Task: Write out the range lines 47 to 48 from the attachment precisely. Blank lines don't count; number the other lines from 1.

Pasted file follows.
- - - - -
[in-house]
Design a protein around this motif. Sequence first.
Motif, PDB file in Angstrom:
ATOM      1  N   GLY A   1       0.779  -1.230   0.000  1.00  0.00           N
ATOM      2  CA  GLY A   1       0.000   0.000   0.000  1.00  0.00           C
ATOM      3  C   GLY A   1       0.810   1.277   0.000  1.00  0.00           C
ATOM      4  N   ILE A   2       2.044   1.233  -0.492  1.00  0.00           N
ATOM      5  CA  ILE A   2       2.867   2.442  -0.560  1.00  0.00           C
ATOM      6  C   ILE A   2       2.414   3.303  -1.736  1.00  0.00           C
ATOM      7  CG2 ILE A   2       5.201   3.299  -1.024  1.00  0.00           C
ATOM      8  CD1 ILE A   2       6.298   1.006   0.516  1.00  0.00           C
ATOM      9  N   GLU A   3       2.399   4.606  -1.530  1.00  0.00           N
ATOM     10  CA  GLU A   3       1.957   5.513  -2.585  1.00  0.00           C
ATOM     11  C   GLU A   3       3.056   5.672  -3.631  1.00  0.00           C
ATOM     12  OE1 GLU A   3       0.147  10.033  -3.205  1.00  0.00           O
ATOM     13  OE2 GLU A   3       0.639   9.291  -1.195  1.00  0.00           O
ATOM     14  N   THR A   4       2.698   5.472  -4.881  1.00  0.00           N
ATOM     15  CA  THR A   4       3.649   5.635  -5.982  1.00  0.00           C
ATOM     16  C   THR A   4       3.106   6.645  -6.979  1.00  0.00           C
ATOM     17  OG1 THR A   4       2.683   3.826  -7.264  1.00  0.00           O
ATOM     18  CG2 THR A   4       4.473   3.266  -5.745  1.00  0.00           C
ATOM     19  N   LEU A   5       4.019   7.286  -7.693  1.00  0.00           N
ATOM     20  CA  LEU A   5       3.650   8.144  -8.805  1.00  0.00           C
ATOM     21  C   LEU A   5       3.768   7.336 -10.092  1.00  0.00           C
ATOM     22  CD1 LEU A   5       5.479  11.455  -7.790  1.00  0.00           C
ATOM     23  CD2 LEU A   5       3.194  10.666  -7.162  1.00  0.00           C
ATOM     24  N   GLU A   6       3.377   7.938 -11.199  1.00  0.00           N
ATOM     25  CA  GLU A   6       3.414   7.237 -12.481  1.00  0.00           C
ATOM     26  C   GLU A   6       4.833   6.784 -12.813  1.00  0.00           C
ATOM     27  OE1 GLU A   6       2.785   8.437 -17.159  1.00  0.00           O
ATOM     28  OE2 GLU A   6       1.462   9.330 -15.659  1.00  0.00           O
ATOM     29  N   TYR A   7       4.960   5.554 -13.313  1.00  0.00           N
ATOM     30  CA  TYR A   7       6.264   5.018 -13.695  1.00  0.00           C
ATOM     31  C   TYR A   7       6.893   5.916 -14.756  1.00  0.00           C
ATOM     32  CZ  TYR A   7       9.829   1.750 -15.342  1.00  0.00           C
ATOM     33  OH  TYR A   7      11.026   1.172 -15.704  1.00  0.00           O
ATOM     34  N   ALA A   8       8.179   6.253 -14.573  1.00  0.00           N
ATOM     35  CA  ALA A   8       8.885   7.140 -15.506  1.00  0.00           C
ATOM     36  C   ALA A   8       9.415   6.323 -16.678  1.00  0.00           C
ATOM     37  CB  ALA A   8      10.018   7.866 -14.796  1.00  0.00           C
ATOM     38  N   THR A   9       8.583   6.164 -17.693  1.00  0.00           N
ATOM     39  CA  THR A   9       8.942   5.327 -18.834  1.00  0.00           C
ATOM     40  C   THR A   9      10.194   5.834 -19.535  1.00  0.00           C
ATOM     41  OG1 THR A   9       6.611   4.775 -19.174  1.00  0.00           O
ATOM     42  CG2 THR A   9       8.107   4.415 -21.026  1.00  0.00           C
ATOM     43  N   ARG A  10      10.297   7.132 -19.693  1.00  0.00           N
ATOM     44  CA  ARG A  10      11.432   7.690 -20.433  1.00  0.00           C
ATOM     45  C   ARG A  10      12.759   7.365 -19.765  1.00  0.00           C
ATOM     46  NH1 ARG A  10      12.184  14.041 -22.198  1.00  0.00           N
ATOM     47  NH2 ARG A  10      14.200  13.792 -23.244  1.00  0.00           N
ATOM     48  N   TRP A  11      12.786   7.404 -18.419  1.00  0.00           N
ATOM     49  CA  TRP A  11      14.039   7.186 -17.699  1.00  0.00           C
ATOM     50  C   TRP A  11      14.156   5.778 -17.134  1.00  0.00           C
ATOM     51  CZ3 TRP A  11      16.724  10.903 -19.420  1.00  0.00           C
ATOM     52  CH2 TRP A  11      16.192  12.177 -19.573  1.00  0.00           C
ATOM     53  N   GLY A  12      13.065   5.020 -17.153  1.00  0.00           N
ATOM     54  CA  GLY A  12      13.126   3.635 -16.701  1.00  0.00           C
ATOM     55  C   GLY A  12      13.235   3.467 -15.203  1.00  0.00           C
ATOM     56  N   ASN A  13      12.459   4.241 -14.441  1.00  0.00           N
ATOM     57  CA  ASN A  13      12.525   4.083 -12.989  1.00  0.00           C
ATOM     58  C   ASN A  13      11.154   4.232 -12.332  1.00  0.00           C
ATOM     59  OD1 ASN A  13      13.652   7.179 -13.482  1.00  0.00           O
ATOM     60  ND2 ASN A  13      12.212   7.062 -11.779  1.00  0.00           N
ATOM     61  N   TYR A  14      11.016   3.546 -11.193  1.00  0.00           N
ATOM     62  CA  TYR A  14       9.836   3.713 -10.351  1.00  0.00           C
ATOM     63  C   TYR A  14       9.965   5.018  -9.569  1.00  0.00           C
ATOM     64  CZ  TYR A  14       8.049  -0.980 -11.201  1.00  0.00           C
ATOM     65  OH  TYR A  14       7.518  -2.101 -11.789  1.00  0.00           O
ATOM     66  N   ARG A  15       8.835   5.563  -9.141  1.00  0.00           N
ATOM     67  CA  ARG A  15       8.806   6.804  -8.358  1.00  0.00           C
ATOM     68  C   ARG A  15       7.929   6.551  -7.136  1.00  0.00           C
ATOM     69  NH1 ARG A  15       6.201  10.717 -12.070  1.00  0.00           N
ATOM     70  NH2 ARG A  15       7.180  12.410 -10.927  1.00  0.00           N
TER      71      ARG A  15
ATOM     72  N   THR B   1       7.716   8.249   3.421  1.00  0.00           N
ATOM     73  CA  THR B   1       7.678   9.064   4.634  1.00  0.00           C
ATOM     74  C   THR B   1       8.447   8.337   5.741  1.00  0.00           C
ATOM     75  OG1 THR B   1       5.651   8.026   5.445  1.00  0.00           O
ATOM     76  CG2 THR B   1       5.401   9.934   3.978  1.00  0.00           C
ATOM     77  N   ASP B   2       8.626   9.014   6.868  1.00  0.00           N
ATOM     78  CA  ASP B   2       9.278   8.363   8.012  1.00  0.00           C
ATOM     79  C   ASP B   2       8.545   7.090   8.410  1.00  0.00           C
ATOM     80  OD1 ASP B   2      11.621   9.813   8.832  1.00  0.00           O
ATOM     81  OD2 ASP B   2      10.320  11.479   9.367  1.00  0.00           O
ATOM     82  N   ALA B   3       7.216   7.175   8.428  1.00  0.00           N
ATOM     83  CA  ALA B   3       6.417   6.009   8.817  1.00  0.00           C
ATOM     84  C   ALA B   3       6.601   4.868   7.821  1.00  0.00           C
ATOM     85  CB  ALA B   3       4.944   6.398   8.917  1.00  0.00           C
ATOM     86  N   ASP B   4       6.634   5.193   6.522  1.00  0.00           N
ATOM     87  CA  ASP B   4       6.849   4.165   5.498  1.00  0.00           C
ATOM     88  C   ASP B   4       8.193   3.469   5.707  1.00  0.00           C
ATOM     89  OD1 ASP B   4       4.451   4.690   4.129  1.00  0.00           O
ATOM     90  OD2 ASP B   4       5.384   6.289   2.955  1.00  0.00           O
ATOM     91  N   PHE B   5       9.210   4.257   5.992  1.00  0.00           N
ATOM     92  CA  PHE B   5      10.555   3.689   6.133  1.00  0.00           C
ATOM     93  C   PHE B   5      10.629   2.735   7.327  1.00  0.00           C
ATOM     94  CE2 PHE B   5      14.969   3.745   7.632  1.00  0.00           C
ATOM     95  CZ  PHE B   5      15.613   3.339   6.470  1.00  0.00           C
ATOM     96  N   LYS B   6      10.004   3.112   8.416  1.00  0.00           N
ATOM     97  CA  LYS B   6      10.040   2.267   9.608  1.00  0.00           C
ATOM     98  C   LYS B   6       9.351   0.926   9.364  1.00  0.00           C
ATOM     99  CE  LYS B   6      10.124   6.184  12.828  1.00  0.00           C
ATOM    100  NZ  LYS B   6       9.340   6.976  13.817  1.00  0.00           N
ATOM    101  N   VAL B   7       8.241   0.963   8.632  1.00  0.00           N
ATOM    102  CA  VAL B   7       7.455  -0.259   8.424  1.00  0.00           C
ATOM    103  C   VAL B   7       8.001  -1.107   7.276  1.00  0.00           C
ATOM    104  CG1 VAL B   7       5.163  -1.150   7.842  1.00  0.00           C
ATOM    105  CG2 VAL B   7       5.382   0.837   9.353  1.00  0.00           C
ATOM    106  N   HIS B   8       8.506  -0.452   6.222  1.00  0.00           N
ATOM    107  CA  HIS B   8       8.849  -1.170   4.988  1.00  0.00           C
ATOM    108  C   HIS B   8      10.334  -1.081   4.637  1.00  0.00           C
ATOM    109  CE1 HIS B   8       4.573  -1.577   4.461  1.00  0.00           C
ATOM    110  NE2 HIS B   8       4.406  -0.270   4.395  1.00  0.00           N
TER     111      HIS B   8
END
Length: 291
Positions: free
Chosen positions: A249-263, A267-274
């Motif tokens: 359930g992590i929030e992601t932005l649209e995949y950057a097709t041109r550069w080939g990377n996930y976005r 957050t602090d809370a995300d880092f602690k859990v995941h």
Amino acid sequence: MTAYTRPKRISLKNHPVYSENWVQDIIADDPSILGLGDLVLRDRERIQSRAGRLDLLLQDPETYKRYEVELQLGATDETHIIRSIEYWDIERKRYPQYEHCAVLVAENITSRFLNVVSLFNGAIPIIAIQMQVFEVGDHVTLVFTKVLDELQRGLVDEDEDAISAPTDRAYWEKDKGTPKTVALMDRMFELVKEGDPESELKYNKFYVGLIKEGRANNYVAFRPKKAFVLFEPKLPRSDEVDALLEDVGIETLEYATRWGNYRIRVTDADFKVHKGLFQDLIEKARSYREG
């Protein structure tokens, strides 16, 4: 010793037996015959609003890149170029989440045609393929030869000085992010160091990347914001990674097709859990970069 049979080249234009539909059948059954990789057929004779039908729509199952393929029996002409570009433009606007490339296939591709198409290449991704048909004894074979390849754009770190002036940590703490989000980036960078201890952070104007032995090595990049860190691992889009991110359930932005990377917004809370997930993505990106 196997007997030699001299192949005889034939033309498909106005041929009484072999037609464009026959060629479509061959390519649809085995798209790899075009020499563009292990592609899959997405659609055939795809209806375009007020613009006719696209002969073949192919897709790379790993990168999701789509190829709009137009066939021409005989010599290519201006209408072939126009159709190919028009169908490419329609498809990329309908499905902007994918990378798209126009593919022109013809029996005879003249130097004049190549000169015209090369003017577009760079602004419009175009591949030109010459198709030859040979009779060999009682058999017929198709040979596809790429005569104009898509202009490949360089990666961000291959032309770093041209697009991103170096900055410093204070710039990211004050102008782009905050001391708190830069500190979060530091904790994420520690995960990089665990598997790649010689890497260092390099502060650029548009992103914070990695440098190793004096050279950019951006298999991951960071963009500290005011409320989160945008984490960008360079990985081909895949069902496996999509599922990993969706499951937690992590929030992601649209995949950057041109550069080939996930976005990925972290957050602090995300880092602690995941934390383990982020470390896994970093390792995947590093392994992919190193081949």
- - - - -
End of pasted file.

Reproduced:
ATOM     44  CA  ARG A  10      11.432   7.690 -20.433  1.00  0.00           C
ATOM     45  C   ARG A  10      12.759   7.365 -19.765  1.00  0.00           C